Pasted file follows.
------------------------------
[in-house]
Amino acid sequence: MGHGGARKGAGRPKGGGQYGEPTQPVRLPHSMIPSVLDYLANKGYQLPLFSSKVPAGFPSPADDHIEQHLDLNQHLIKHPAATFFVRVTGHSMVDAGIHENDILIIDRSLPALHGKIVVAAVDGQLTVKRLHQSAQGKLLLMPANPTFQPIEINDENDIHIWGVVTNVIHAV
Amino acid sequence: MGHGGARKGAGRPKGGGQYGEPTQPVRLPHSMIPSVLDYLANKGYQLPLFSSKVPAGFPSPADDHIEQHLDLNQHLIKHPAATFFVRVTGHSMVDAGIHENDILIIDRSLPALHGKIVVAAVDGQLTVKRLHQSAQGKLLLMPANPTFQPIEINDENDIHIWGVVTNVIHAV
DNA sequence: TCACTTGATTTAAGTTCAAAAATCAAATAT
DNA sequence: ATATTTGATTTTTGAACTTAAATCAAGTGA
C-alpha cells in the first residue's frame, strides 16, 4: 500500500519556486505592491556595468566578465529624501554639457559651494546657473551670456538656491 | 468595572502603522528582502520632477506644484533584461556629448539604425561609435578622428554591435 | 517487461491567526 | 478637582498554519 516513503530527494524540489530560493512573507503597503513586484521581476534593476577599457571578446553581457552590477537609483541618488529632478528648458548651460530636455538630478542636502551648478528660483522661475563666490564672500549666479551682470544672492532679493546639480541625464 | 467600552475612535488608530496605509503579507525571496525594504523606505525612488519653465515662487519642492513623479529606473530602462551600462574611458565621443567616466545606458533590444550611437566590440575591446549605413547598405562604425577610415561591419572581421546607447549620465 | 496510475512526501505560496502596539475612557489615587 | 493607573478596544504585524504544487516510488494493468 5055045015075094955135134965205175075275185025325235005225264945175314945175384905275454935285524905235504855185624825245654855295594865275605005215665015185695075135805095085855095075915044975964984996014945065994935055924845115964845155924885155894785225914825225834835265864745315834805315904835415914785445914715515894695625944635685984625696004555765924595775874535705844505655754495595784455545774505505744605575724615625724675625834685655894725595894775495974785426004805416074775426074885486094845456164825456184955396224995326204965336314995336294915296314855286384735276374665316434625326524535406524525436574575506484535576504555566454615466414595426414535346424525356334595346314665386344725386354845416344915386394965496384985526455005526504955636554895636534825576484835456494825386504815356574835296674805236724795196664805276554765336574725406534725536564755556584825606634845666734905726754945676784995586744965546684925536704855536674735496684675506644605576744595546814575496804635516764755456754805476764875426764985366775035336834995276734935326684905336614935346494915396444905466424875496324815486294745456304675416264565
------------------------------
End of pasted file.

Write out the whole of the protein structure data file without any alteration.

[in-house]
Amino acid sequence: MGHGGARKGAGRPKGGGQYGEPTQPVRLPHSMIPSVLDYLANKGYQLPLFSSKVPAGFPSPADDHIEQHLDLNQHLIKHPAATFFVRVTGHSMVDAGIHENDILIIDRSLPALHGKIVVAAVDGQLTVKRLHQSAQGKLLLMPANPTFQPIEINDENDIHIWGVVTNVIHAV
Amino acid sequence: MGHGGARKGAGRPKGGGQYGEPTQPVRLPHSMIPSVLDYLANKGYQLPLFSSKVPAGFPSPADDHIEQHLDLNQHLIKHPAATFFVRVTGHSMVDAGIHENDILIIDRSLPALHGKIVVAAVDGQLTVKRLHQSAQGKLLLMPANPTFQPIEINDENDIHIWGVVTNVIHAV
DNA sequence: TCACTTGATTTAAGTTCAAAAATCAAATAT
DNA sequence: ATATTTGATTTTTGAACTTAAATCAAGTGA
C-alpha cells in the first residue's frame, strides 16, 4: 500500500519556486505592491556595468566578465529624501554639457559651494546657473551670456538656491 | 468595572502603522528582502520632477506644484533584461556629448539604425561609435578622428554591435 | 517487461491567526 | 478637582498554519 516513503530527494524540489530560493512573507503597503513586484521581476534593476577599457571578446553581457552590477537609483541618488529632478528648458548651460530636455538630478542636502551648478528660483522661475563666490564672500549666479551682470544672492532679493546639480541625464 | 467600552475612535488608530496605509503579507525571496525594504523606505525612488519653465515662487519642492513623479529606473530602462551600462574611458565621443567616466545606458533590444550611437566590440575591446549605413547598405562604425577610415561591419572581421546607447549620465 | 496510475512526501505560496502596539475612557489615587 | 493607573478596544504585524504544487516510488494493468 5055045015075094955135134965205175075275185025325235005225264945175314945175384905275454935285524905235504855185624825245654855295594865275605005215665015185695075135805095085855095075915044975964984996014945065994935055924845115964845155924885155894785225914825225834835265864745315834805315904835415914785445914715515894695625944635685984625696004555765924595775874535705844505655754495595784455545774505505744605575724615625724675625834685655894725595894775495974785426004805416074775426074885486094845456164825456184955396224995326204965336314995336294915296314855286384735276374665316434625326524535406524525436574575506484535576504555566454615466414595426414535346424525356334595346314665386344725386354845416344915386394965496384985526455005526504955636554895636534825576484835456494825386504815356574835296674805236724795196664805276554765336574725406534725536564755556584825606634845666734905726754945676784995586744965546684925536704855536674735496684675506644605576744595546814575496804635516764755456754805476764875426764985366775035336834995276734935326684905336614935346494915396444905466424875496324815486294745456304675416264565